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Saraya's a Tanzanian mama
Who heads up a team called Obama.
Her guesthouse is the charm
Of Dar Es Salaam
But a drinks bar would give it more glamour.

There's something about Kiva microfinance loans that fills me with optimism. A feeling obviously shared by the members of the team, dressed up for the photograph.

I'm wondering why they called their group Obama. I guess it's the Tanzanian connection with US President Barack Obama. I dare say that the Kiva Team Obama thinks so as well, as they joined me in lending money to Saraya.

The group's fifth loan through Kiva, aimed at improving the guesthouse Sayara runs in Dar Es Salaam. I managed to dig up the loan page for the second loan, and there's another photo of the group:

I channel my taxi tips through Kiva, recycling the repayments into more loans and while it's not much, at $US25 a shot, it's something that makes me feel a useful part of a global team.

And isn't that what it's all about? We're all part of the same planet, the same biosphere, the same human family. Individually, there's not much any single person can do - unless maybe he's the President of the USA - but together, Yes We Can!

Date: 2010-08-08 11:17 pm (UTC)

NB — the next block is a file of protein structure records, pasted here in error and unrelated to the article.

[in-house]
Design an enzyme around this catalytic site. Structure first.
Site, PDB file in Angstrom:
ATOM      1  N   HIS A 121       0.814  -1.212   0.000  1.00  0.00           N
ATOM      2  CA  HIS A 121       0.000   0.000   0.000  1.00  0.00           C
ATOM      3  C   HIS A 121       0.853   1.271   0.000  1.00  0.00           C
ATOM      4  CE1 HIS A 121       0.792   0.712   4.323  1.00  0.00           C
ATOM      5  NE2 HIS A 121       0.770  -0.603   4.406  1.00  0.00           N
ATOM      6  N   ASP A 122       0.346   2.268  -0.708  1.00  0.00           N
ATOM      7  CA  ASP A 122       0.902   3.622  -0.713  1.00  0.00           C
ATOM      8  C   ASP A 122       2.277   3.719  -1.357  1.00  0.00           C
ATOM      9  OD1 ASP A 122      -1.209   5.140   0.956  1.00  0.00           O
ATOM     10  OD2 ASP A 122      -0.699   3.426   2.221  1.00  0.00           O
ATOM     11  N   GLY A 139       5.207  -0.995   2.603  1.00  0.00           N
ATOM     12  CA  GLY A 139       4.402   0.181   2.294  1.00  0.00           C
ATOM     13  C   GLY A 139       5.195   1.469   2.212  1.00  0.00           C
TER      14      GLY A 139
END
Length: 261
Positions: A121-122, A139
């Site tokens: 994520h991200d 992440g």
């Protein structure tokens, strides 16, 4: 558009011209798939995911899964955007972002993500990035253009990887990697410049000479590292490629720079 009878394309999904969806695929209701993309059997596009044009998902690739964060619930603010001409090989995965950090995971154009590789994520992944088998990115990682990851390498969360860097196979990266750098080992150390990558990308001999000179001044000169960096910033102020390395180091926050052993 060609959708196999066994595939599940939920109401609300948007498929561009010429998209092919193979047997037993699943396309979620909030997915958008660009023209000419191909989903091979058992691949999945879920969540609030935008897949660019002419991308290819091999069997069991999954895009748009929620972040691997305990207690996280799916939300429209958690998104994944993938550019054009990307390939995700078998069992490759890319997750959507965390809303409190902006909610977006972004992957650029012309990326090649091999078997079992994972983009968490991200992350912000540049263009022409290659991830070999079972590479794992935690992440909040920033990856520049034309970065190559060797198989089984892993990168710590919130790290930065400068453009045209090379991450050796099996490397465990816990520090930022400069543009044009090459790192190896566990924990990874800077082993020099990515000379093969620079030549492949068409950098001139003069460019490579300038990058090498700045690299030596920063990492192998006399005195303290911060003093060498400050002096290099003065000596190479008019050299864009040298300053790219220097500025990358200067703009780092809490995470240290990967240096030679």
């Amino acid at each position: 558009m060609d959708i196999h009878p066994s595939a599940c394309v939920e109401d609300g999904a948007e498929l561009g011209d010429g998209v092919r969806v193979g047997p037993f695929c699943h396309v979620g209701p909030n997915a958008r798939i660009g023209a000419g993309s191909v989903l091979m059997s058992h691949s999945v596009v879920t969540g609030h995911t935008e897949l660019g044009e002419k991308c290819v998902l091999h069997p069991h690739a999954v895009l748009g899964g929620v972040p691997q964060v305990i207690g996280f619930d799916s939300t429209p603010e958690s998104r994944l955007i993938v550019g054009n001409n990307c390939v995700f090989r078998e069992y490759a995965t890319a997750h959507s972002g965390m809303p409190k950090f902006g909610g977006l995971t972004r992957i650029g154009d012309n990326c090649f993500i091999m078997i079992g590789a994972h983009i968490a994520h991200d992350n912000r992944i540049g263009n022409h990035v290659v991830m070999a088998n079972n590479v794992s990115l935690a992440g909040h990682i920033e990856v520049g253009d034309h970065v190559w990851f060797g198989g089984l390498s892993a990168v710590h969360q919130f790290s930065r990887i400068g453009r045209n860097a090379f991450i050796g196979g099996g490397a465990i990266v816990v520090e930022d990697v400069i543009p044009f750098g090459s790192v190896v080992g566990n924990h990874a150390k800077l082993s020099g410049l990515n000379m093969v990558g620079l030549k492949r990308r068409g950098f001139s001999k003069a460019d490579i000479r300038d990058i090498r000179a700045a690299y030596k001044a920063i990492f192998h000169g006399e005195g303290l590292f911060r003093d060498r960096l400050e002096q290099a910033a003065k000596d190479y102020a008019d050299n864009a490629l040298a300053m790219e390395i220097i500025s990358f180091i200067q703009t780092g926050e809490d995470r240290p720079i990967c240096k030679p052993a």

From: [identity profile]
thank you for posting this. Soemthing I've been meaning to do for ages, and probably the exactly correct antidote to the anger and depression I've been feelling all day! Thanks for the reminder.

Date: 2010-08-09 10:31 pm (UTC)
From: [identity profile]
There's a BookCrossing Kiva team here!

New members generally get invited to choose a loan to which we all contribute and we show up as one of the top group contributors. This loan is a recent example.

Date: 2010-08-09 09:20 pm (UTC)
From: [identity profile]
Your tips are usd 25.00 and you give them all to Kiva?

Date: 2010-08-09 10:23 pm (UTC)
From: [identity profile]
I wish!

No, the minimum contribution to Kiva is $25. When my tips - which are usually more like a dollar and rarely more than a handful a night - reach $25, I hunt for another Kiva loan.

Australians tend not to tip, and especially when they are travelling on corporate charge cards, as so many of the public servants, political staffers, media people and lobbyists around the capital are.

Oddly enough, it's usually the people on the bottom who tip most. They reach into their own threadbare pockets to pull out ten dollars for a $7.50 fare and say "keep the change, mate!"

If they are too generous, I scale down the amount or refuse it entirely. I'm not in the business of ripping off pensioners who are counting every penny. "I don't need a tip," I'll tell a grandmother hauling her groceries back to a little government cottage. "Just a smile!"

And it's true. I'd rather have the smile than a couple of dollars.


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